Governments lost 307 million records to breaches in 2015

Governments lost 307 million records to breaches in 2015

It's not just the Office of Personnel Management breach -- cyberattacks targeting personal information exploded globally in 2015.  According to Gemalto's just-released Breach Level Index, more than 707 million records were compromised in 1,673 significant breaches worldwide last year, and 53 percent of those incidents involved identity theft.

Not all those incidents targeted government, of course, but Gemalto -- an international digital security firm based in the Netherlands -- found that 307.1 million of the compromised data records came from the public sector.  That marked a 476 percent increase over 2014.

OPM's breach, which the index scored a 9.6 on a scale of 10, was not even the largest or most severe government incident.  Hackers targeting Turkey's General Directorate of Population and Citizenship Affairs compromised 50 million records, resulting in a Breach Level Index score of 9.9.  (The breach of U.S.-based Anthem Insurance topped the index with a perfect 10.)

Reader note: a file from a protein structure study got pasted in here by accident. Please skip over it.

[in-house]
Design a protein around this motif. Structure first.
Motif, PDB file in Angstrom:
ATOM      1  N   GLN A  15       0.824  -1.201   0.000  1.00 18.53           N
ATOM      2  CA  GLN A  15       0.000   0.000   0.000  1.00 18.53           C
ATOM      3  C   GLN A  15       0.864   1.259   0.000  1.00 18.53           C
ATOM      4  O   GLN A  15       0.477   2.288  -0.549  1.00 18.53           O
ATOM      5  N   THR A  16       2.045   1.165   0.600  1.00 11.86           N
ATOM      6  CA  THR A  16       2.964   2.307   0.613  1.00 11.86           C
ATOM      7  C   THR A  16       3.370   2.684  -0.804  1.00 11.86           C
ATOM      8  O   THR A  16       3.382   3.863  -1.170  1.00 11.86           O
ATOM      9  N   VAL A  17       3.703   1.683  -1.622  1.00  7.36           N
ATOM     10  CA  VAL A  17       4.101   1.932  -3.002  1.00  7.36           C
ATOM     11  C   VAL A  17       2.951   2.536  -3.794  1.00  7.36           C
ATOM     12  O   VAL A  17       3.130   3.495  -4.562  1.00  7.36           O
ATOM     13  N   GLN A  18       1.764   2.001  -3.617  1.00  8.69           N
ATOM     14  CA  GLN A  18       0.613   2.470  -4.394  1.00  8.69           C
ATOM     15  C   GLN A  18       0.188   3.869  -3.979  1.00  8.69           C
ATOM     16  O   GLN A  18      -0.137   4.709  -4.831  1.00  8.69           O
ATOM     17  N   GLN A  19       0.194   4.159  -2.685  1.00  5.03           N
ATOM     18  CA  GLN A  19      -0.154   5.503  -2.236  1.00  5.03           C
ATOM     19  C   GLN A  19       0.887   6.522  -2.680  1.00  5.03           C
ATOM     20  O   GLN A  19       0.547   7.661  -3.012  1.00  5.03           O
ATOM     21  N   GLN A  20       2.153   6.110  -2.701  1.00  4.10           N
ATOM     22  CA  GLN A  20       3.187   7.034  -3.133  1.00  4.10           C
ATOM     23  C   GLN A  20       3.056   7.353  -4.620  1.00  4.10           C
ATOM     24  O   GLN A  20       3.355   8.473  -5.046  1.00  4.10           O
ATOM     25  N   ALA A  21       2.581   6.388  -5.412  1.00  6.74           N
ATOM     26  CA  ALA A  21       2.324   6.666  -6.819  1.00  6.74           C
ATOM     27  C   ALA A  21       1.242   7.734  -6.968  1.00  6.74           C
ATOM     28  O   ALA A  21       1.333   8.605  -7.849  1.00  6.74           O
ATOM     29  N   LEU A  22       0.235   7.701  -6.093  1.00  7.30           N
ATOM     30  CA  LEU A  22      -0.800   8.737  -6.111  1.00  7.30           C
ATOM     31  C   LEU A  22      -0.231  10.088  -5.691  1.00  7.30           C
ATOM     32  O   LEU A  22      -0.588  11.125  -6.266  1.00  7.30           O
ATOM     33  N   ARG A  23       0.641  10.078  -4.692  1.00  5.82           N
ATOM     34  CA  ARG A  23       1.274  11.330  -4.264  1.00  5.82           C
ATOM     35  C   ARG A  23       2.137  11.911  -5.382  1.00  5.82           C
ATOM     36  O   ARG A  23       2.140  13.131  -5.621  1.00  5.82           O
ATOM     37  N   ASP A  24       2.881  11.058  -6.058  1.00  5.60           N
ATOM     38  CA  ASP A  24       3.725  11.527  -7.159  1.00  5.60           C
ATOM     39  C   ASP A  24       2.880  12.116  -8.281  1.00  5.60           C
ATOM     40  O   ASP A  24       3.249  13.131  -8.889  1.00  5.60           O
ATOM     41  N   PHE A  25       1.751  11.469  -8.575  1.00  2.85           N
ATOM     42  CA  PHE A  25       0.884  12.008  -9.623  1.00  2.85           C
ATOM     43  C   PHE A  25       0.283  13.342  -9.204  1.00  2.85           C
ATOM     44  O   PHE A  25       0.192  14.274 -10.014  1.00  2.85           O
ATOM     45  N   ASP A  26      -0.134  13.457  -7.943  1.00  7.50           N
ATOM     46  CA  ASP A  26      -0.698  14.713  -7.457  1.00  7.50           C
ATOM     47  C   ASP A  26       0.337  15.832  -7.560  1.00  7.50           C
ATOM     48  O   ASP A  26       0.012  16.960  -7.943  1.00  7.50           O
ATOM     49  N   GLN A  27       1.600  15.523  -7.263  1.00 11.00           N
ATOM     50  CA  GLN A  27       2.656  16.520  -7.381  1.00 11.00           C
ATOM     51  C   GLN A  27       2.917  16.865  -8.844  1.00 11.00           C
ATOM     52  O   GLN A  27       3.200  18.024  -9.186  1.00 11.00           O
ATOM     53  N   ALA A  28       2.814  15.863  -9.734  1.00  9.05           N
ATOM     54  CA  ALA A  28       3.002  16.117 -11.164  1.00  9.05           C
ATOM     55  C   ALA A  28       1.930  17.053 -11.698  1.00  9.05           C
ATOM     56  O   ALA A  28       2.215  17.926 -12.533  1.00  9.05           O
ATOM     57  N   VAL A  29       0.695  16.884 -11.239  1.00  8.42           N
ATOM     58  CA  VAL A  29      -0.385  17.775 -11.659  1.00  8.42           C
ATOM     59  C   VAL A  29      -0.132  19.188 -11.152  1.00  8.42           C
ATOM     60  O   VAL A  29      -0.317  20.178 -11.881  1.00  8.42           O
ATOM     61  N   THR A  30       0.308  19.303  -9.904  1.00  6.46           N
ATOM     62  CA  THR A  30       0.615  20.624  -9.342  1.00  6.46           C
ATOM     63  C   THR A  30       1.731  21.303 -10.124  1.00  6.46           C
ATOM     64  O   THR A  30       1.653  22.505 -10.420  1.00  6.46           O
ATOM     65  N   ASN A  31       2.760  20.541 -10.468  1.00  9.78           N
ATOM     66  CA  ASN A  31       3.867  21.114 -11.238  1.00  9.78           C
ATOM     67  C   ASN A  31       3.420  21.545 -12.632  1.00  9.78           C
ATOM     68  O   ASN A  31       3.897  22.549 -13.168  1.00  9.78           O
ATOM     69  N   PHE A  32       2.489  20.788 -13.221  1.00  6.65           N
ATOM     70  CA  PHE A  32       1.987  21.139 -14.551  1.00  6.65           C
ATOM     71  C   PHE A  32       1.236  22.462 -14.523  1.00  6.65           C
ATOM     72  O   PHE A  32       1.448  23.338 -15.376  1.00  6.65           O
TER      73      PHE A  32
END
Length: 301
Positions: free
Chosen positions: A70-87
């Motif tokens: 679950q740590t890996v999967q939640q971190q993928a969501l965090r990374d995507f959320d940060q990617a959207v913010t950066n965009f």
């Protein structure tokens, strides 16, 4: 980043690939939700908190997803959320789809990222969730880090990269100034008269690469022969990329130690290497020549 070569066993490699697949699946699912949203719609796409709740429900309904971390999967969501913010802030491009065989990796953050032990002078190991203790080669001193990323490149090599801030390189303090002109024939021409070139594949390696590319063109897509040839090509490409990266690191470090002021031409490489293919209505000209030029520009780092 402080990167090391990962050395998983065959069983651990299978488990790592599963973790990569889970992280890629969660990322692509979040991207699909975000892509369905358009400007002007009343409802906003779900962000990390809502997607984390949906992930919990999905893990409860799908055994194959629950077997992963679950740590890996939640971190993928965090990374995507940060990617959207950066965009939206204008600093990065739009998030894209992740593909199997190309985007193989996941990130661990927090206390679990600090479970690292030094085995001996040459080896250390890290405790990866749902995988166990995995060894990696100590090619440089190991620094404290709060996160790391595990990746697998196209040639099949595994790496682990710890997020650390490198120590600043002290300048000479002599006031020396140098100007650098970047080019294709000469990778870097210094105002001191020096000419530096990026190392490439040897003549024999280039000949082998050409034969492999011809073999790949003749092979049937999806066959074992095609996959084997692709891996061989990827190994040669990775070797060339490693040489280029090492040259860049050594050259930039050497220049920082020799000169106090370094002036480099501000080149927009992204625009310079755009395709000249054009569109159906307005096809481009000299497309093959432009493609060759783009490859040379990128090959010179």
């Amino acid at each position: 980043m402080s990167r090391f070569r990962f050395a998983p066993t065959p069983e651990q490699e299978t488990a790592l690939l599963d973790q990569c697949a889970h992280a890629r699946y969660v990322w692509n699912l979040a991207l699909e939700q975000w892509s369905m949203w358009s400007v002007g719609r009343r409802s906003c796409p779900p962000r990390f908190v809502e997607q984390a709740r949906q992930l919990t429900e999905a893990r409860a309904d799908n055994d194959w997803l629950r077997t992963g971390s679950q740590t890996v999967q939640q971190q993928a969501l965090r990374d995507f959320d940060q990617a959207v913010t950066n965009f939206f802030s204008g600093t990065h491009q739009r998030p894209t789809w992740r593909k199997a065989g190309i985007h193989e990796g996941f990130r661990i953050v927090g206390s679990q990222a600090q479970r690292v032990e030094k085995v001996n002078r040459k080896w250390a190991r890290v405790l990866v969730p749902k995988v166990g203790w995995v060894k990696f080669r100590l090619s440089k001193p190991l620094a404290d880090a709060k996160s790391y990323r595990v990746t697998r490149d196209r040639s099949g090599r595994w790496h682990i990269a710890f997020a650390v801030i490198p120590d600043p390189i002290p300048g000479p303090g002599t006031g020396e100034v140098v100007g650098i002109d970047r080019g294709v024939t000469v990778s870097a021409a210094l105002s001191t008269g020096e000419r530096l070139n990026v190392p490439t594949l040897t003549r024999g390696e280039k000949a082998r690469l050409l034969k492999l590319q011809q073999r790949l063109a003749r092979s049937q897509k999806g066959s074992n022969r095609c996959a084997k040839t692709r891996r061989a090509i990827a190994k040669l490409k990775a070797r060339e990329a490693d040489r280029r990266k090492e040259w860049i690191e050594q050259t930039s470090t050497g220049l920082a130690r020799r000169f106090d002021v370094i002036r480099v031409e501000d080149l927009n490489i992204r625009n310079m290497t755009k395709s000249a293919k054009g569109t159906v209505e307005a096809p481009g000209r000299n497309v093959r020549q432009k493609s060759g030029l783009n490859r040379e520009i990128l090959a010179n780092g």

And U.S. targets in general drew the lion's share of attacks -- 1,222 of the 1,673 documented in 2015. 

"It is important to keep in mind that not all breaches are equal in terms of the level of severity and damage that they can bring," Jason Hart, Gemalto's vice president and CTO for data protection, said in a statement announcing the 2015 index.  And last year, he said,  "criminals shifted to attacks on personal information and identity theft, which are much harder to remediate once they are stolen."

See the Breach Level Index here.

About the Author

Troy K. Schneider is editor-in-chief of FCW and GCN, as well as General Manager of Public Sector 360.

Prior to joining 1105 Media in 2012, Schneider was the New America Foundation’s Director of Media & Technology, and before that was Managing Director for Electronic Publishing at the Atlantic Media Company. The founding editor of, Schneider also helped launch the political site in the mid-1990s, and worked on the earliest online efforts of the Los Angeles Times and Newsday. He began his career in print journalism, and has written for a wide range of publications, including The New York Times,, Slate, Politico, National Journal, Governing, and many of the other titles listed above.

Schneider is a graduate of Indiana University, where his emphases were journalism, business and religious studies.

Click here for previous articles by Schneider, or connect with him on Twitter: @troyschneider.


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